In an effort to encourage community members to, as Geneseo’ sustainability statement puts it, “embrace sustainability as a core value,” the Office of Sustainability held its first-ever Arboretum volunteer day on Saturday Sept. 19 in the Spencer J. Roemer Arboretum.
According to their website the year-old office “recognize[s] the critical role of higher education in creating a sustainable society.” This role can be upheld through programs that include teaching, research and service, as well as efforts to raise awareness to bring about sustainable changes on campus.
Arboretum advisory board chair and associate professor of biology Jennifer Apple explained that the Arboretum “serves as a place for recreation, research and conservation of native species.”
“It is open to students—as well as to the community—as a place where they can enjoy nature and or study,” she added.
Director of Sustainability Dan DeZarn explained that the inspiration behind the establishment of Arboretum maintenance as a community event was to encourage more students to get involved. He added that one of the biggest issues the office faces from public use of the space is that people abuse it. Holding a volunteer event in which students provide aid in the conservation and cleanup processes can help students get a better sense of what goes into maintaining the Arboretum and to develop a deeper appreciation for nature preservation.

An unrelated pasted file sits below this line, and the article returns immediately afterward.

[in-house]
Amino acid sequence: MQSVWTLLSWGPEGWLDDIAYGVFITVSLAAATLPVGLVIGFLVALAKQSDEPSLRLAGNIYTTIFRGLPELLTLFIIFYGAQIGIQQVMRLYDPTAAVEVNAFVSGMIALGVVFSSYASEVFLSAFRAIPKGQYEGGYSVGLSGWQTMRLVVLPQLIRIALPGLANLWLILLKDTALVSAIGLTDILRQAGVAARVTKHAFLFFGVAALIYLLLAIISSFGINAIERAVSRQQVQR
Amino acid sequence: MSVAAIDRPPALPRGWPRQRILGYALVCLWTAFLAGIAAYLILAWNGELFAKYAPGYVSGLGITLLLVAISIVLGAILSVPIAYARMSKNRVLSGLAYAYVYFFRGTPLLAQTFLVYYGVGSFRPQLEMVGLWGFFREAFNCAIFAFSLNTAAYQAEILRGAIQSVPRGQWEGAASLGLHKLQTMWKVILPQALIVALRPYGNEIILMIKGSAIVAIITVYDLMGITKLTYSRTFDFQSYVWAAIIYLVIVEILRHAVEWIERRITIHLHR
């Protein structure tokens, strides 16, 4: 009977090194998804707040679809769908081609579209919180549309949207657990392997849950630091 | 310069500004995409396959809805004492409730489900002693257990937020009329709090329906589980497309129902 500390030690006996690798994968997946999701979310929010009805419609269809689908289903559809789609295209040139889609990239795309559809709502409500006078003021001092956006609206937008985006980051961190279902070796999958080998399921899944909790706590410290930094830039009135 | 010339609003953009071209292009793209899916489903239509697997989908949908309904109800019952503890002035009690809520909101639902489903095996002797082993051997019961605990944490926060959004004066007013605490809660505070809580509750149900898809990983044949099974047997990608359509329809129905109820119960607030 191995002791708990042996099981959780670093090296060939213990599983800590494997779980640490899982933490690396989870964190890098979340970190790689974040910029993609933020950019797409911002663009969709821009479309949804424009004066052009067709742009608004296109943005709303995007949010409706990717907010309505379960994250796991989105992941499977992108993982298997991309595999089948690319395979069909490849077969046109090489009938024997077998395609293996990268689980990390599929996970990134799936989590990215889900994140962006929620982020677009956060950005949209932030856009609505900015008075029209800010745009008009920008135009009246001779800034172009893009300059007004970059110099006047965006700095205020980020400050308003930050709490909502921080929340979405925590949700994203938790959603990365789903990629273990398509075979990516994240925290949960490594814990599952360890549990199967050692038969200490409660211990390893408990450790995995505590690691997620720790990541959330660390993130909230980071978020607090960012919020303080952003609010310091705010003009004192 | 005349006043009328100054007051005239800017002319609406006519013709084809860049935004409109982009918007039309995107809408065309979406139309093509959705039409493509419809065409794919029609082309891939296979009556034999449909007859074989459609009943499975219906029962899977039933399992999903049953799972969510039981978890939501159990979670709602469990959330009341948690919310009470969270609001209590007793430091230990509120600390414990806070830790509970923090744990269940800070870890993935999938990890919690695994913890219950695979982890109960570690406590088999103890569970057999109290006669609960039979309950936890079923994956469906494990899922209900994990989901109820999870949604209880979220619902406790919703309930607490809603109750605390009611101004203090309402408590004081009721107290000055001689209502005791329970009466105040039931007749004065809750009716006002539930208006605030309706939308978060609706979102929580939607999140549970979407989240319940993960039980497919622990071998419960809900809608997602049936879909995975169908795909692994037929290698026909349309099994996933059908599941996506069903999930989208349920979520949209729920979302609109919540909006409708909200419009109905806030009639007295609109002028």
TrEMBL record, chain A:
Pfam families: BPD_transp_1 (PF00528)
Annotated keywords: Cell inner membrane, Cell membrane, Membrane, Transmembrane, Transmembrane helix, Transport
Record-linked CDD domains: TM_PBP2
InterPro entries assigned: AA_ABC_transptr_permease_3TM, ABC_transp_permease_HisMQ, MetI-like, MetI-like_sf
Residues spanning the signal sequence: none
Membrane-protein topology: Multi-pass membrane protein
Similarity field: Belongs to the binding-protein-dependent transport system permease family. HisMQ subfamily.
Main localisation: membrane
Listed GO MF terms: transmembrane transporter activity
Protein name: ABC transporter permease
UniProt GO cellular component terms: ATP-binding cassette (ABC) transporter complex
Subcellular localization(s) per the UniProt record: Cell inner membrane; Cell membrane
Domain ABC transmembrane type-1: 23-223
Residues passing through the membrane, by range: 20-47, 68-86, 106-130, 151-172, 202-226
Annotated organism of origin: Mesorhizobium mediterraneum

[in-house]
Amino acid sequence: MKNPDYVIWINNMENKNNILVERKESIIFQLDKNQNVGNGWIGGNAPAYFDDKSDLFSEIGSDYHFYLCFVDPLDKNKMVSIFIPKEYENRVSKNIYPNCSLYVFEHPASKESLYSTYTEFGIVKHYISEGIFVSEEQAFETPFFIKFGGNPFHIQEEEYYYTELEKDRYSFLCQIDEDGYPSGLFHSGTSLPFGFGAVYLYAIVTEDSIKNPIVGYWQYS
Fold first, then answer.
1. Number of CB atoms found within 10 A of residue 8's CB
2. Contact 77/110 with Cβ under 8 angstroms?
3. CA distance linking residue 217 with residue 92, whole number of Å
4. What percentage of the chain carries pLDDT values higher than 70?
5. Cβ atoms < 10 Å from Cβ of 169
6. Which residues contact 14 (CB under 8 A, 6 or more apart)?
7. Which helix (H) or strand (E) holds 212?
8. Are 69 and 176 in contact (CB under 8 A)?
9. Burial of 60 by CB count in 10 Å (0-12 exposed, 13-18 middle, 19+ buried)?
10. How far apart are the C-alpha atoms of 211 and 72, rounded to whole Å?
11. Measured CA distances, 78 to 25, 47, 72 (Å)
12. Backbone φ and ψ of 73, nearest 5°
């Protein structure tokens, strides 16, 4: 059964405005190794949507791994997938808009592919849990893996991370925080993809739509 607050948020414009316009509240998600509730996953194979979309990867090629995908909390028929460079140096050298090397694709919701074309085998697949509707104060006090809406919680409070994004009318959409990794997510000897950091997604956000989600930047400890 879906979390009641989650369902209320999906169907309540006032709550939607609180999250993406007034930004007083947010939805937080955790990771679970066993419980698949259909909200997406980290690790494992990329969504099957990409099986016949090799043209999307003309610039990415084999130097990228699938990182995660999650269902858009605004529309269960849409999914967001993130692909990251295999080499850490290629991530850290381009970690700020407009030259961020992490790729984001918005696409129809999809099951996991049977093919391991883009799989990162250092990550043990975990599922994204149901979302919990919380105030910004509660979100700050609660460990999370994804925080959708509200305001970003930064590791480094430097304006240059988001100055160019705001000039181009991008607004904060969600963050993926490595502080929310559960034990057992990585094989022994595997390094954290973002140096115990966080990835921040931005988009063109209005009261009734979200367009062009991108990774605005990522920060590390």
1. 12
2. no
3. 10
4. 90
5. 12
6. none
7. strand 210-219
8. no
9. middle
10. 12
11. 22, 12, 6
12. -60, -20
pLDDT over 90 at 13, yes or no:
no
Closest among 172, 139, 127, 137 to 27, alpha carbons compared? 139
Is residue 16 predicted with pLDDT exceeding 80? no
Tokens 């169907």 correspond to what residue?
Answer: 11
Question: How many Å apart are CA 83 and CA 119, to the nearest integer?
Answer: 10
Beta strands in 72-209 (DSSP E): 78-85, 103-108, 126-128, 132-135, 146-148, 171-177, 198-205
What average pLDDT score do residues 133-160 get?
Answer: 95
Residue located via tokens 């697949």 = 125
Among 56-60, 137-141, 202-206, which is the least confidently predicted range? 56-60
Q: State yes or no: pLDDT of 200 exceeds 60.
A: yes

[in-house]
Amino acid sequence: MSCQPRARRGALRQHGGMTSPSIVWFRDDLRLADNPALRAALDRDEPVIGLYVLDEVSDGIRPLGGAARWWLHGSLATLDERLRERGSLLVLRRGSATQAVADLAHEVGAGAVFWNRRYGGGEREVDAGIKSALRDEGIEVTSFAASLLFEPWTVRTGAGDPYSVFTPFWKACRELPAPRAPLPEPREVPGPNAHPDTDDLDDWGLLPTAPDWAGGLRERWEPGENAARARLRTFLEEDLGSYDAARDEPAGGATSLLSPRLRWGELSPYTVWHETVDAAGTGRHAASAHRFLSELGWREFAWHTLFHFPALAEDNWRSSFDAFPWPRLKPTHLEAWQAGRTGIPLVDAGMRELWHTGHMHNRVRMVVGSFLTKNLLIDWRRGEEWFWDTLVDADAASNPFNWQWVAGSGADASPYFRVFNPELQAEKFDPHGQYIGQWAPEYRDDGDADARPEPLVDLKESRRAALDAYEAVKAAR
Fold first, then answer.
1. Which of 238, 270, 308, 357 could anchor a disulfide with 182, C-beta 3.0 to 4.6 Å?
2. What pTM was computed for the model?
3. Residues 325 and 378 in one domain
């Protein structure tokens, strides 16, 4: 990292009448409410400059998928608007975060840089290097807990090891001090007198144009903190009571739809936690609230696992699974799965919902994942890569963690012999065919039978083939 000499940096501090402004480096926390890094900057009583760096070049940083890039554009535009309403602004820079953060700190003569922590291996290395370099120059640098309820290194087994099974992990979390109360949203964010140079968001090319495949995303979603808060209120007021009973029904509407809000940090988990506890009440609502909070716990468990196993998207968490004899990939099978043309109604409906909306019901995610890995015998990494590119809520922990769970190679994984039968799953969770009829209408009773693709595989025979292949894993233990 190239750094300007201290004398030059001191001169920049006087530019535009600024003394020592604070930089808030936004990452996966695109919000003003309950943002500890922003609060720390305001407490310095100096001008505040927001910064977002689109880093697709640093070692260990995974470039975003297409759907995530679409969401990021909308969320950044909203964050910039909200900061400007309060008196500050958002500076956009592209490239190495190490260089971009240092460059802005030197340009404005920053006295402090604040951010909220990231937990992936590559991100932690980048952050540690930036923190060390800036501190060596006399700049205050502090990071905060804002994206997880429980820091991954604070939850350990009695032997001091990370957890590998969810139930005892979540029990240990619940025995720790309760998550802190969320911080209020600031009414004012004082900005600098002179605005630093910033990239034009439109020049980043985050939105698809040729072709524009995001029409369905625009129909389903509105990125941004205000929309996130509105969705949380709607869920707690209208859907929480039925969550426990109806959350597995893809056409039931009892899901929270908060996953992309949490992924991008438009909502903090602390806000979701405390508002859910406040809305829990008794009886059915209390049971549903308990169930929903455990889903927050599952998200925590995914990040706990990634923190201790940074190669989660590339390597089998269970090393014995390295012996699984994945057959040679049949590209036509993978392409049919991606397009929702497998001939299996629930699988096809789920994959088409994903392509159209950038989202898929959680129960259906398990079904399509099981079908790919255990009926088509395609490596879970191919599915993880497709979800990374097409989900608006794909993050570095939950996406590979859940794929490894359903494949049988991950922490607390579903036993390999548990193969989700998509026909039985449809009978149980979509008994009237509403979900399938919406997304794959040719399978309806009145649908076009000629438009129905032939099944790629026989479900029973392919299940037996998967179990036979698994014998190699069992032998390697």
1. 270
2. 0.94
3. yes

The event was held in collaboration with the Arboretum board and Nature Walk Club on campus. According to the Office of Sustainability website, it was one of many initiatives to “support outreach and networking efforts to engage the larger community with campus projects.”
Students braved light rain to participate in activities that included basic ground maintenance and improvement tasks such as adding more woodchips to the entry trail. There were other activities that were planned but were unable to be effectuated due to the weather, including painting park benches, removal of invasive species and planting of native species.
“It’s an opportunity to serve the Arboretum, but it’s also an opportunity for students to get engaged and get hands on experience,” DeZarn said. He proved this in his demonstration to students where he showed how to replace damaged wood scaffold boards on park benches and picnic tables.
“I like the Arboretum, it is a nice place to come and relax or study,” volunteer junior Marcus Converse said. “I believe if we enjoy natural areas on campus, we have to work as a community to sustain it.”